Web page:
Robert Thompson, Katherine Martin, & Ben Evans in American Tales. Photo: StageOne.
By Idris Goodwin
Directed by Andrew D. Harris
Review by Keith Waits
Entire contents are copyright © 2018 Keith Waits. All rights reserved.
Among the many virtues of American Tales, it is happily positioned to introduce its author, Idris Goodwin, as the new Producing Artistic Director for Stage One Family Theatre. Of course, for long-time supporters of Stage One and theatre in general, Mr. Goodwin may not require an introduction. His play And In This Corner, Cassius Clay, about the formative years of Louisville’s most famous native son, Muhammad Ali, premiered with this company a few seasons ago.
American Tales is more “typical” Stage One fare, in that it presents American folktales in a colorful fashion that targets a young audience, yet, and this is also typical for them, it does so by never taking that audience for granted, or speaking down to them. Adults without kids are missing out when they take a pass on Stage One shows, which are cast with professional actors of high quality. And if you consider yourself too mature to enjoy these stories, you are almost certainly taking yourself too seriously.
Mr. Goodwin frames the telling of these tales in the context of a substitute art teacher, Esperanza (Alisha Espinosa), being mistakenly assigned a history class. Lost at sea, she launches into the story of Pecos Bill (Ben Evans) and Slue Foot Sue (Katie Martin) desperately trying to wrangle a tornado on their wedding day. The outrageous, cartoonish, western costumes are a hoot, and the narrative is conveyed with great energy and humor that runs the gamut from sly to slapstick.
Next comes the tale of Br’er Rabbit (DeAira Hermani) tricked by his nemesis, Br’er Fox (Ben Evans) into a snare. The costumes again are highlighted, with each of the animal characters enacted by actors clad in dark colors and puppet figures attached to their torsos and hands, and nicely realized headpieces that allow the actors to be heard clearly. The performances are good, but Costume Designer Evan Prizant’s work here is so fun and creative; a rare instance in which costumes can work as an important onstage presence that need not be subservient to performance.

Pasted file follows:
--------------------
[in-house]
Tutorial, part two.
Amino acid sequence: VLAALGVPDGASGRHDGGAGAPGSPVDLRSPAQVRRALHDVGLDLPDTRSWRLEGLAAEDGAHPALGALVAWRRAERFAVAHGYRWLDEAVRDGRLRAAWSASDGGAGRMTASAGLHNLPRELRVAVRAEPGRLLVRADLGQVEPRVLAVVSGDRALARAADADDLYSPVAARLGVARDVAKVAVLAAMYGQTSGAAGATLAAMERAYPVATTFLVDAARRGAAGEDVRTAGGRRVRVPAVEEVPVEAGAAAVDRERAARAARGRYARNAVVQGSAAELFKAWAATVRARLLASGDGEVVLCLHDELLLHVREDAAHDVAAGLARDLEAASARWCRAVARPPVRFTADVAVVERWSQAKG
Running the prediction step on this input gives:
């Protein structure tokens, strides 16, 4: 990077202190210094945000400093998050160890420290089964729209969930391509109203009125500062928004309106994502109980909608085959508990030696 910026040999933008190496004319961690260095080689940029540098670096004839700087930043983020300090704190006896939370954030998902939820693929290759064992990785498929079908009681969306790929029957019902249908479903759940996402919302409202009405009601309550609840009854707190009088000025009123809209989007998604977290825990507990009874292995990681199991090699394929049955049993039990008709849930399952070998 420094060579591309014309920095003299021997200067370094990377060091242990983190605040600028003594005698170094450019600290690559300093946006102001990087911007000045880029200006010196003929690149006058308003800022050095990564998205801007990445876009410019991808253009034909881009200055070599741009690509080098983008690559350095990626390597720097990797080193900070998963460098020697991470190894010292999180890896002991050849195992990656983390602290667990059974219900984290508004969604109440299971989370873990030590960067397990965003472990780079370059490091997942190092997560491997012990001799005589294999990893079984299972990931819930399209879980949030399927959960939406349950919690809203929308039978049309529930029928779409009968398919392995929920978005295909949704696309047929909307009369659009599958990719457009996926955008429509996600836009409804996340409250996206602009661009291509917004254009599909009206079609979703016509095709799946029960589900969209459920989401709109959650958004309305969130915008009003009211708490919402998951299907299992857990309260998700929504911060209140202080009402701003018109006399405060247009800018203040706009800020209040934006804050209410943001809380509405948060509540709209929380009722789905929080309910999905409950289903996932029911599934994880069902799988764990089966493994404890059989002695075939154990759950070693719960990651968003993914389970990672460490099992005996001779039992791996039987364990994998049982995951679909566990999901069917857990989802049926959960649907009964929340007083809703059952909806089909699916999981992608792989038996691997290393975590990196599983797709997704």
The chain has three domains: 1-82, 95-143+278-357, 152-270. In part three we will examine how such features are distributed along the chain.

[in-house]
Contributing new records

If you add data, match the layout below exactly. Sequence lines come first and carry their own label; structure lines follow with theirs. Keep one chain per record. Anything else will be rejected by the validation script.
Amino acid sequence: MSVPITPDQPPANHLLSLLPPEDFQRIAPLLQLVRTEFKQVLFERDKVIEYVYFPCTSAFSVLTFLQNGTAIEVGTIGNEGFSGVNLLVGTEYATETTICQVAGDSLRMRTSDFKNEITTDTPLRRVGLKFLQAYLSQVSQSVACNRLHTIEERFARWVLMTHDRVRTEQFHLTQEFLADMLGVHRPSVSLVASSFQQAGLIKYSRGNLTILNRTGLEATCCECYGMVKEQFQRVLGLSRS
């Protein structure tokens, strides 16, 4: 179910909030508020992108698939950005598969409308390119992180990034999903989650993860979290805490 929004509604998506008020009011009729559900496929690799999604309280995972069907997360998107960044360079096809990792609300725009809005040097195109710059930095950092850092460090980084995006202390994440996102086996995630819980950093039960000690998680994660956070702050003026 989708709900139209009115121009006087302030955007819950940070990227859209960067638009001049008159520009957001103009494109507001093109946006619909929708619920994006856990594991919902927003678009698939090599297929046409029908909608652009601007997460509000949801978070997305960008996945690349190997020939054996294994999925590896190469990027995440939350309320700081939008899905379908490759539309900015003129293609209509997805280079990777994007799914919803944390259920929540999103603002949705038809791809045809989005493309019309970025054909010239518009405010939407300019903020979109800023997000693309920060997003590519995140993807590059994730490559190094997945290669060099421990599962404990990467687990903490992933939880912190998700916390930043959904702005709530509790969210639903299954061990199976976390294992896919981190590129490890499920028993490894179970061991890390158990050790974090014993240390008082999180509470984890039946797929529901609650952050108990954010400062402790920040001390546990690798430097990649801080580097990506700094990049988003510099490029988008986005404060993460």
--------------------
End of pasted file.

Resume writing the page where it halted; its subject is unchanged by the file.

Finally, we witness the tale of John Henry (Robert Thompson) and his hammer in competition with a steam-powered hammer to break through a rocky passage for the laying of the railroad track. Perhaps Mr. Prizant’s greatest achievement for American Tales is the singular costume piece created for the three actors, listed as Creative Spirits in the program, (Steffan Clark, Michael Hommerich, Gracie Taylor) which bring the steam-powered hammer to life. It is the epitome of theatrical ingenuity and the perfect metaphor for the human versus machine theme of John Henry.
The cast was uniformly excellent and worked together as an ensemble, each tasked with multiple roles assigned with equanimity. Ben Evans stood out as Pecos Bill and Br’er Fox. Stalwart as the former and evil as the latter, complete with a deliciously mischievous giggle. Katie Martin’s Slue Foot Sue was so delightfully funny; it made me wish someone would mount a production of Annie Get Your Gun in the immediate future. DeAira Hermani was a terrific Br’er Rabbit; charming and clever as required, while Robert Thompson brought the requisite dignity and suggestion of almost inhuman physical power that is the defining characteristic of John Henry.
As winning as were Ms. Hermani and Mr. Thompson, they could have projected a little more. There were moments their dialogue almost got lost in the Bomhard Theatre. Alisha Espinoza came across on this score very well, except when she began a song to close out the show. The rest of the company could be heard very well, including Megan Adair as Esperanza’s friend, Julia, who is relegated to a position away from the action for that role but finds her way into the center of things, particularly in the John Henry segment.